The combination of this lens (often referred to as a portrait lens) and wonderful natural light from the windows in our game room allowed me to get some fantastic shots. Notice how the focus is on her eyes, and the background is nicely blurred.
But what about less-than-ideal photo situations?
We had one of those this past week. Jordan’s sister and her family were in town, and we had a precious day together – and one shot to get pictures of all the cousins together. The light in our living room was poor (the overhead light makes photos look very orange, which can be corrected to some degree by changing the white balance from “auto” to “tungsten lighting”) and we do not have windows in that room that face toward the sun. Plus, we had 7 kids to photograph, and it was next to impossible to get them all to stand still at the same time!
I managed to pull off this photo with a f stop of 4.5 and a shutter speed of 1/25. A faster shutter speed would have been better, but this was not possible with the amount of light in the room (unless I used the flash).
I sharpened this photo slightly using picmonkey.
For gift opening, I gave up on not using the flash! My best photos were in Tv mode (shutter mode) with a shutter speed of 1/50 or 1/60 and the flash ON.
Bad photo: (too blurry because the shutter speed was not fast enough)
If you must use the flash, turning up the ISO speed will increase the range of the flash, which helps to eliminate the dark background.
This also allows you to use a higher shutter speed, which means a sharper image. The downside is increased grain to the picture. For example, here is a picture with a shutter speed of 1/50, aperture of 4.5, and ISO at 100.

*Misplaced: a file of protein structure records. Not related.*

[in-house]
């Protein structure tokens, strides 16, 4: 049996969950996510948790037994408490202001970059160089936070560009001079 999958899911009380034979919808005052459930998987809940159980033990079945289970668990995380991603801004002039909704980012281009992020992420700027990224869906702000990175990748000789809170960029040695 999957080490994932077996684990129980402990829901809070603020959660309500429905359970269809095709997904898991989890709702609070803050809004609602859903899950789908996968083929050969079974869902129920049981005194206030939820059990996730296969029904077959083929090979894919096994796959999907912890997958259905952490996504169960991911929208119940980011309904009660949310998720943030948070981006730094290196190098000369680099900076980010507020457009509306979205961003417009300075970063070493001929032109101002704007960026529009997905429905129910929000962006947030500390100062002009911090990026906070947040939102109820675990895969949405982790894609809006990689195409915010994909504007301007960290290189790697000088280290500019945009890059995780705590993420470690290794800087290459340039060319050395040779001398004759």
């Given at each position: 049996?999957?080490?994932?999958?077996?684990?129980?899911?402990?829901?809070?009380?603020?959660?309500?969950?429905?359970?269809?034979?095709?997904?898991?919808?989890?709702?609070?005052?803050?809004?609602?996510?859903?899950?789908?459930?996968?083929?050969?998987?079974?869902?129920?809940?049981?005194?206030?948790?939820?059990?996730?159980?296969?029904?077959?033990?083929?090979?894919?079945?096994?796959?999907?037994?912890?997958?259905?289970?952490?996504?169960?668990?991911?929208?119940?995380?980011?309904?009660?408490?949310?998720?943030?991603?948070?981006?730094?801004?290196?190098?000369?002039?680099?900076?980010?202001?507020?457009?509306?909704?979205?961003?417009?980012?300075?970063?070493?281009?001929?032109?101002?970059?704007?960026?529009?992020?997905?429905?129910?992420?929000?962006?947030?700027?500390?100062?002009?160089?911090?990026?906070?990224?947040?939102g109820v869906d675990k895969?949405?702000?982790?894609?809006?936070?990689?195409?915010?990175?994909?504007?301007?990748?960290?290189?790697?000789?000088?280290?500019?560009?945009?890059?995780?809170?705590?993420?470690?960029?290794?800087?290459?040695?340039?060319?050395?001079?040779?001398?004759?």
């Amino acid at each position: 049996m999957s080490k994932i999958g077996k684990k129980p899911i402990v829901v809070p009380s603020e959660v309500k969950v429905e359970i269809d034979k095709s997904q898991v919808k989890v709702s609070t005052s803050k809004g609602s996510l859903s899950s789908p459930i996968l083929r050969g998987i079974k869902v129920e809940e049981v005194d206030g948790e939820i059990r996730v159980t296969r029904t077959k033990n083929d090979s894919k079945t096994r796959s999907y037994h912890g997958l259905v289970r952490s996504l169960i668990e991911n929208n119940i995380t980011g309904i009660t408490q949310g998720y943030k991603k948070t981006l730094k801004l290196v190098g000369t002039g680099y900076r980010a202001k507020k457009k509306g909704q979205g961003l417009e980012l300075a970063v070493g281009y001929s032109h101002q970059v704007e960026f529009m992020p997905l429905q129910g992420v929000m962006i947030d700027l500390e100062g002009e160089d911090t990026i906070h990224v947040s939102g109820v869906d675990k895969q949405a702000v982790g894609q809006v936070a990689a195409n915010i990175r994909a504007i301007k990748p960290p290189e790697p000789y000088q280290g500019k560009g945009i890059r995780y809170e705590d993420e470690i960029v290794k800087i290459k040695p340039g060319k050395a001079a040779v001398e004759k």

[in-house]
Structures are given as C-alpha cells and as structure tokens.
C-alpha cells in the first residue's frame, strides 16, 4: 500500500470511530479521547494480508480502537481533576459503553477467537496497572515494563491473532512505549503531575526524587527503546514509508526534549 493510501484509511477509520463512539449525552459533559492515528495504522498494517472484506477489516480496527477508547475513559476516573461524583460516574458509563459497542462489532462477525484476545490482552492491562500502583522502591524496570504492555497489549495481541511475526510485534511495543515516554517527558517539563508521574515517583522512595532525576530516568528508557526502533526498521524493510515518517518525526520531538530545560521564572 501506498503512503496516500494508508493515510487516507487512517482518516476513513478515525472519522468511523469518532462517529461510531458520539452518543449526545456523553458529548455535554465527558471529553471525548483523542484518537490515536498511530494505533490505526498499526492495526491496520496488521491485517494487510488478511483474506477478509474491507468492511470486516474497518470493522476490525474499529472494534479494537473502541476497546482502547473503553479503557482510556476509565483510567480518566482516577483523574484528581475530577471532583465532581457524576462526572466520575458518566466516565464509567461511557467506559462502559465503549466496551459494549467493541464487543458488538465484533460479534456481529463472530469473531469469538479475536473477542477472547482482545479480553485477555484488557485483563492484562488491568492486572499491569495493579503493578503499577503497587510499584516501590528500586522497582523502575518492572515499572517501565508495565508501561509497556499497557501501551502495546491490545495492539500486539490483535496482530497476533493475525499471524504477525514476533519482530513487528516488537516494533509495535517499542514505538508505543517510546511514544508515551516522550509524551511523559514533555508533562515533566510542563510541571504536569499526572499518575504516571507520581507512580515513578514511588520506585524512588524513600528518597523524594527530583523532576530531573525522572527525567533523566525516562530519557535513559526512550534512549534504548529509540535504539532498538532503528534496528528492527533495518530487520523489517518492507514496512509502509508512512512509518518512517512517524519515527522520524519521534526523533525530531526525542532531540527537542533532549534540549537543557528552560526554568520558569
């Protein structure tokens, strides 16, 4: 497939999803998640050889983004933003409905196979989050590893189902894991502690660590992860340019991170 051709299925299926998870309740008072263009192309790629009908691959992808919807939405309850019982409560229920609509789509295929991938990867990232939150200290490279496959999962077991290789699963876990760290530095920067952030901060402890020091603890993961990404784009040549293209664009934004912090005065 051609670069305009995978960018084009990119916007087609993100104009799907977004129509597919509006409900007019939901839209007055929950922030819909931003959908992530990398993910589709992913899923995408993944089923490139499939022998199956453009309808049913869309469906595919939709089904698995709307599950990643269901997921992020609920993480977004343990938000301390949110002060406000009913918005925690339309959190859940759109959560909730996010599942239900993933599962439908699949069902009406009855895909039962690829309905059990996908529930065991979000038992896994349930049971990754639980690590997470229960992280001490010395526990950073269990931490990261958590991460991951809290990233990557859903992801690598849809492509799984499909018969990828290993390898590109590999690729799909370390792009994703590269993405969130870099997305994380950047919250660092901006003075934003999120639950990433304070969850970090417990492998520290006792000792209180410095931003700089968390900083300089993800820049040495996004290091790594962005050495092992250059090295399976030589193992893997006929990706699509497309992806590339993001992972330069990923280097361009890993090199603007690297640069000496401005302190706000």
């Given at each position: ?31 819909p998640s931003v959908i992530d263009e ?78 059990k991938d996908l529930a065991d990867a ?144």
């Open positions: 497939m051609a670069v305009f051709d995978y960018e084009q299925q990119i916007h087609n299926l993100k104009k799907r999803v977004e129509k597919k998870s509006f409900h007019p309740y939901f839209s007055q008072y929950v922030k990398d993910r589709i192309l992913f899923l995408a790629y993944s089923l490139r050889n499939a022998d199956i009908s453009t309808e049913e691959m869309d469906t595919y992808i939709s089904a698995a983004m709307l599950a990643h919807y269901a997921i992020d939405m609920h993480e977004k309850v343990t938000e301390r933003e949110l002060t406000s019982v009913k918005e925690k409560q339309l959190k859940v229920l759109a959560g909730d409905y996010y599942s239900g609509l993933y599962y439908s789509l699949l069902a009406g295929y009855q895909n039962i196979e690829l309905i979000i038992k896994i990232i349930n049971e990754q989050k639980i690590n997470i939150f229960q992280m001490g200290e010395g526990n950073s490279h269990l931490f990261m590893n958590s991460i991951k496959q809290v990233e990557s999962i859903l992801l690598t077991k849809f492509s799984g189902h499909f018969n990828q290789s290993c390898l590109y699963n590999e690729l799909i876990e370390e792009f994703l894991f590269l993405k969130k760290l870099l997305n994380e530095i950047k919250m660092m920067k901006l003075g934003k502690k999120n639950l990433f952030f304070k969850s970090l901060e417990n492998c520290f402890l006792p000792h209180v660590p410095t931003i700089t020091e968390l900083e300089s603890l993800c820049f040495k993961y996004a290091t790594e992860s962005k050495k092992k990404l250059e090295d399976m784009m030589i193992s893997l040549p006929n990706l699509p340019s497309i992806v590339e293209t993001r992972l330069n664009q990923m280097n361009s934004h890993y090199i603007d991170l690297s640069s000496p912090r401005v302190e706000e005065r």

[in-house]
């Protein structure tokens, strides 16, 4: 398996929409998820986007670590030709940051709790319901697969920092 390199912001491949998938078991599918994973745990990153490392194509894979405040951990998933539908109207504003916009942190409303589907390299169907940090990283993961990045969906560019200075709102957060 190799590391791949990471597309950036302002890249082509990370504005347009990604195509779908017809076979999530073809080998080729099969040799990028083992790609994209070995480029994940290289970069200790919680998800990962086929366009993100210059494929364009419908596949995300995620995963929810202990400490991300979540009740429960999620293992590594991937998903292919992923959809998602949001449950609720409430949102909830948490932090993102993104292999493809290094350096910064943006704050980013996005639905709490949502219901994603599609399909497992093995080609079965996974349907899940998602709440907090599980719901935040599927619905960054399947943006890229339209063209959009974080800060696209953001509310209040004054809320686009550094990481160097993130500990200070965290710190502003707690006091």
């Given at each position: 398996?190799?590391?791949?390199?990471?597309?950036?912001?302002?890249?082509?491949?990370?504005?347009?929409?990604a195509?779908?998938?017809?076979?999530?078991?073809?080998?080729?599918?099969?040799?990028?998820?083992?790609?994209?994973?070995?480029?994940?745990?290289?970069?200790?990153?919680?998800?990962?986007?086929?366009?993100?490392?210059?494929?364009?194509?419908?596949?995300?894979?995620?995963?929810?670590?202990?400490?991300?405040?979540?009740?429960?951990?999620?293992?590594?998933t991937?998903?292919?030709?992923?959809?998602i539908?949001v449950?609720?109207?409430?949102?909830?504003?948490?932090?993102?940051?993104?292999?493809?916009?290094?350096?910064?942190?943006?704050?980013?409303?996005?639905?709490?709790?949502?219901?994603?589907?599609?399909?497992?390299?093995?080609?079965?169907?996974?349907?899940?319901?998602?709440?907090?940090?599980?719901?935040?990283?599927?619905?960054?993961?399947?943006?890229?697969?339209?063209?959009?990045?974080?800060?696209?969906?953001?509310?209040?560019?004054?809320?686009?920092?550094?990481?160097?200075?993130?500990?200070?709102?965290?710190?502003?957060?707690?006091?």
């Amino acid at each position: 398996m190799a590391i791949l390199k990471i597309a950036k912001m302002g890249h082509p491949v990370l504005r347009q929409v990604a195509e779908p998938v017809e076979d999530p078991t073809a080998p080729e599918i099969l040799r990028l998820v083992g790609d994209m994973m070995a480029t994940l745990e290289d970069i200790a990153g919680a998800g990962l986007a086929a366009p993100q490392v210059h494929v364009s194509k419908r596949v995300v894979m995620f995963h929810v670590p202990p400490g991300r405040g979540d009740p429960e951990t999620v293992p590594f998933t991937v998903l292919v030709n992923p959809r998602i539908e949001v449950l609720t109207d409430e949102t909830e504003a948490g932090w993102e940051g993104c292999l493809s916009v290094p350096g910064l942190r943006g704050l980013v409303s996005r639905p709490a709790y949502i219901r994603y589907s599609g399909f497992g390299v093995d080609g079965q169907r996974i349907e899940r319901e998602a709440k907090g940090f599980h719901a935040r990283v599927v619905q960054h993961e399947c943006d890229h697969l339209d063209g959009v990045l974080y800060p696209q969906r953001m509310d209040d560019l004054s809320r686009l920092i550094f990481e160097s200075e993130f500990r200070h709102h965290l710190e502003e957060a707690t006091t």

This one is the same settings (1/50 and 4.5) with ISO at 800. I also did some editing – brightened slightly, color temperature adjusted – cooler, and photo sharpened.
But the best photos are still the ones with natural light. Not direct sunlight, but good ambient light.
To wrap up, here are some troubleshooting tips:
- Too blurry? Increase the shutter speed. A shutter speed of at least 1/125 is ideal for sharp photos. If you must use a slower shutter speed because of lighting, ask your kids to “freeze!” or use a tripod. UPDATE: I upgraded cameras to a Canon 6D, and I am LOVING the higher shutter speeds! Because this camera has a larger sensor, I can take pictures in low light with a much faster shutter speed than my old camera. This makes a huge difference, especially indoors.
- Too dark? Slow down the shutter speed or lower the f stop number (aperture). OR, move near a window, open the blinds, or go outside.
- Increase the ISO to compensate for low light. How high? I think it depends on the camera. My camera gets grainy at 800 and noticeable grainy at 1600. However, I’ve heard from friends that a better camera can handle a much higher ISO setting without causing a grainy picture. UPDATE: My new Canon 6D can go up to an ISO setting of 12,800 without grain.
- Avoid taking photos in direct sunlight during the brightest part of the day. You will end up with harsh shadows on faces, and squinting kids. An hour after sunrise or an hour before sunset is really ideal for the portrait look you see on Pinterest.
- Check out this post on Click it Up a Notch for tips on shooting in manual mode. I love shooting in manual mode! This article was so helpful for making the switch.
- Make sure your subject is facing the source of light.
Window behind the subject:
Subject facing window:
- For beginners – Canon Rebel T5i
- UV filter – protects the lens
- A zoom lens – I use mine at events (the kids’ Awana awards at church, etc.) to get up-close shots from far away. I like the Canon 75-300 mm lens.
- For portaits – the lens I used for all of the pictures in this post of Janie was a Canon 50 mm f 1.4 fixed focal length lens. You won’t be disappointed with this lens!